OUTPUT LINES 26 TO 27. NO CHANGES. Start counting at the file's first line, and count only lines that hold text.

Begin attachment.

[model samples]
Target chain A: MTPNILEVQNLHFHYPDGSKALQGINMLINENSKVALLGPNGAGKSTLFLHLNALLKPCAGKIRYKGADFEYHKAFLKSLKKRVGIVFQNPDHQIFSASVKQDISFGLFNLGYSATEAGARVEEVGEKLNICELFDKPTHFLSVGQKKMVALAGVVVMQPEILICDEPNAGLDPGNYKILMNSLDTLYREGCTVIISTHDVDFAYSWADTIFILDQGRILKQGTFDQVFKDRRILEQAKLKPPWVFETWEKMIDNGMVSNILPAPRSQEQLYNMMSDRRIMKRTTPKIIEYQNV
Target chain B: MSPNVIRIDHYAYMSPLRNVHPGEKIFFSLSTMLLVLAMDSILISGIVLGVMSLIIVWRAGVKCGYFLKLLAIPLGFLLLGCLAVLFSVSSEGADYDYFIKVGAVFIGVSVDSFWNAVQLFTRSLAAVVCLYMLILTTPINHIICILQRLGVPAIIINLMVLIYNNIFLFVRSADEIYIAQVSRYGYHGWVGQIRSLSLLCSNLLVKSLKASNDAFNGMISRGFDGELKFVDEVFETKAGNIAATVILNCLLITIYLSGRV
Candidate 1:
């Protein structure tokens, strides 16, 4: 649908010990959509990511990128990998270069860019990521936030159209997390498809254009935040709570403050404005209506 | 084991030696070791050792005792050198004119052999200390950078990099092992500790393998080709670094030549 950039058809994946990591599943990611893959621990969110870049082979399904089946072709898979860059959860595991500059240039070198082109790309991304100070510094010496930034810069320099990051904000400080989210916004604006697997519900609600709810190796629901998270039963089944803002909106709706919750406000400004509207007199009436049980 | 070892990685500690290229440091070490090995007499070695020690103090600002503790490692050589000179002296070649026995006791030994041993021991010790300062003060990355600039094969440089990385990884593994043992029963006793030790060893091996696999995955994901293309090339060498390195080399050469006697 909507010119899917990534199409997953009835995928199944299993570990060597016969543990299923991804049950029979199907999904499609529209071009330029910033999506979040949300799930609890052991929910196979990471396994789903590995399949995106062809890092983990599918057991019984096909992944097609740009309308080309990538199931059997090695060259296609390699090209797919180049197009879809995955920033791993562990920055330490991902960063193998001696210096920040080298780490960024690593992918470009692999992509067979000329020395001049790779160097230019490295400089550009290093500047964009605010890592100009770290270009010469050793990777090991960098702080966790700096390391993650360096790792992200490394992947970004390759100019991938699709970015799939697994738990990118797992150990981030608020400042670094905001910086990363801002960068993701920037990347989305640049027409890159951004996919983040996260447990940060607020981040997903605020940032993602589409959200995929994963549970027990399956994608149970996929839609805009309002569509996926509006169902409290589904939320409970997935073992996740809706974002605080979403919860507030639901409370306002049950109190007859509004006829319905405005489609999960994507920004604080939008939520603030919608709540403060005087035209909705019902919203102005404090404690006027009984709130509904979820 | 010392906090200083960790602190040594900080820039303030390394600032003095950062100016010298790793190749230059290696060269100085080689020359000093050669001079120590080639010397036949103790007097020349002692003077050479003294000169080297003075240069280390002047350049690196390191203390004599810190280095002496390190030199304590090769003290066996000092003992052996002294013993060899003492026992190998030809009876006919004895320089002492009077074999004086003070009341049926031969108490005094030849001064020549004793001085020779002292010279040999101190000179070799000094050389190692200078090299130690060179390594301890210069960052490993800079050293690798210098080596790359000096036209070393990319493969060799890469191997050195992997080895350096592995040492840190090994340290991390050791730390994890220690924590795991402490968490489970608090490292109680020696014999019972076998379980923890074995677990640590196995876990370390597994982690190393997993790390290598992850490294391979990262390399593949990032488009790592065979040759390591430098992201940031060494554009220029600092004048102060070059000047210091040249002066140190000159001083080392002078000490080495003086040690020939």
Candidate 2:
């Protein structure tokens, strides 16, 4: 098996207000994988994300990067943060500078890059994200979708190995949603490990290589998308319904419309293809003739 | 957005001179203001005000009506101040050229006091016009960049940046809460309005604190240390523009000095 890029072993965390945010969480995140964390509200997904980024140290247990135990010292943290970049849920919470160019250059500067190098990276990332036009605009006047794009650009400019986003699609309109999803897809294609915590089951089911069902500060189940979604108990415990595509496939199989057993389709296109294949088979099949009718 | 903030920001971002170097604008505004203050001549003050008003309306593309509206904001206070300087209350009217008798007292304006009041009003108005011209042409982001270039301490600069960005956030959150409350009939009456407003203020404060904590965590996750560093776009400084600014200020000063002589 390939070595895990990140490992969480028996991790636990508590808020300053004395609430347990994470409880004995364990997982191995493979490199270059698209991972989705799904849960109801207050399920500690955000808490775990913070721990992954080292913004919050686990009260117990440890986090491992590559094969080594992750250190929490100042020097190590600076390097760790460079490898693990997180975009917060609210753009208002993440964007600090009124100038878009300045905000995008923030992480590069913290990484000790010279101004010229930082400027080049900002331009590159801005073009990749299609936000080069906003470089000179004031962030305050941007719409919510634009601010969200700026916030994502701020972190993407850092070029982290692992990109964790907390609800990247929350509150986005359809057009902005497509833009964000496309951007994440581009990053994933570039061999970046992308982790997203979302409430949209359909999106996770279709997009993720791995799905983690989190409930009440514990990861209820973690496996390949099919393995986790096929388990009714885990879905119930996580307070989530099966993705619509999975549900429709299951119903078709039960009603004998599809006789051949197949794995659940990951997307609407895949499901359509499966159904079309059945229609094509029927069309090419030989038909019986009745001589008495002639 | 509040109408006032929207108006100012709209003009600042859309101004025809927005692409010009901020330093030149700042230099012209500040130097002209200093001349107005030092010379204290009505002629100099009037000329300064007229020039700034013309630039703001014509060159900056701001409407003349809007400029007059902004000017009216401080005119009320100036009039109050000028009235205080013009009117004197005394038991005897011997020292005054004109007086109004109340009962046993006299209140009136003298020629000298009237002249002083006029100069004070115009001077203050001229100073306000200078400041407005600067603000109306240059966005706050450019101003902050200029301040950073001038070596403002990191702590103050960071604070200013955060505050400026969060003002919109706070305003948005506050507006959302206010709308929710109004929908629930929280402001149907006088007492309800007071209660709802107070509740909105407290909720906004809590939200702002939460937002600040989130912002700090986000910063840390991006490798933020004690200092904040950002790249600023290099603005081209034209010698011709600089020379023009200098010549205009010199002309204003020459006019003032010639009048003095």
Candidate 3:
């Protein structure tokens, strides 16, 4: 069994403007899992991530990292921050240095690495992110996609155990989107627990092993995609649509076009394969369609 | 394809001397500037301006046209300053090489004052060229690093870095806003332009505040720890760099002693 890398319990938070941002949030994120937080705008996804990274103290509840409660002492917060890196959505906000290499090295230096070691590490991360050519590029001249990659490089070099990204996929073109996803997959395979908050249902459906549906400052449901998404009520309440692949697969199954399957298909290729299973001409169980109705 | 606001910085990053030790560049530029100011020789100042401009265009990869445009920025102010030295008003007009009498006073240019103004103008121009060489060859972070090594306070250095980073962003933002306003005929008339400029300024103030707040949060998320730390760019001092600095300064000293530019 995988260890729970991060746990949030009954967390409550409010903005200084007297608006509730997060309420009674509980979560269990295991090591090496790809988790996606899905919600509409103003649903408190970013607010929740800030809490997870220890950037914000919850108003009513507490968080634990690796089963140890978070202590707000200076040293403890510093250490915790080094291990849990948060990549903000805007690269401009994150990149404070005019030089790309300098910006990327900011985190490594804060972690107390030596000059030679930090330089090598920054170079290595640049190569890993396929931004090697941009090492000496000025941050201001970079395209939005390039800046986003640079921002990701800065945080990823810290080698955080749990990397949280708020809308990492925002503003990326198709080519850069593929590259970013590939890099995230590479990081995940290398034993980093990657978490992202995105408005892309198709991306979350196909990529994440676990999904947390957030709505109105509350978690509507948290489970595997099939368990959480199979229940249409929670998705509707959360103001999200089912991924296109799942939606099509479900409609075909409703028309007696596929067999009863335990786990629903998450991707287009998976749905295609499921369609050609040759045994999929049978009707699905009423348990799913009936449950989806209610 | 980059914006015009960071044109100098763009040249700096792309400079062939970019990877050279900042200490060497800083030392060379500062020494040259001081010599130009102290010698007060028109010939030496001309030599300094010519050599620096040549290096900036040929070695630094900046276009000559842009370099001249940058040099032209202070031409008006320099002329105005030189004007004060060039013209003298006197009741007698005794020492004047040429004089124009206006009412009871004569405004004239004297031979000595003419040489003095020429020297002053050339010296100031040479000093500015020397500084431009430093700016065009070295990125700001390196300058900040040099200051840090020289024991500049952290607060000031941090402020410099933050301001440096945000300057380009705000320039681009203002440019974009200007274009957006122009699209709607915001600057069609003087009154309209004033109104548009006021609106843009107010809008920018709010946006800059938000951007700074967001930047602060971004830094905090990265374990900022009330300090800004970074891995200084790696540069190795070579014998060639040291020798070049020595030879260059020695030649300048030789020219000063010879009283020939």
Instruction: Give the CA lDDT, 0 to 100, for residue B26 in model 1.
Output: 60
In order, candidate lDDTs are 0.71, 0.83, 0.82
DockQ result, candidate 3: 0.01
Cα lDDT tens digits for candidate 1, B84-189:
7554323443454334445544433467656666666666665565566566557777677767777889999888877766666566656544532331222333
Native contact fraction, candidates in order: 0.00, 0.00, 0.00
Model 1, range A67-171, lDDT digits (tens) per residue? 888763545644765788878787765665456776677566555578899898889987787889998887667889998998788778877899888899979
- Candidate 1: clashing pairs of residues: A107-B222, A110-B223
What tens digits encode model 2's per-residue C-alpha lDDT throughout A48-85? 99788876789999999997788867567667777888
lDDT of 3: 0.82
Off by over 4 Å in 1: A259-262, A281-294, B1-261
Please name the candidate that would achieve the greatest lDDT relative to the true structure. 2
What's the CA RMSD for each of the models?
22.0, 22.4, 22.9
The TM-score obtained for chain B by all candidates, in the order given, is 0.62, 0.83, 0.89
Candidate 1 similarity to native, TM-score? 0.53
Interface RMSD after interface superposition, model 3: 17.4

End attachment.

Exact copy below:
Candidate 1 similarity to native, TM-score? 0.53
Interface RMSD after interface superposition, model 3: 17.4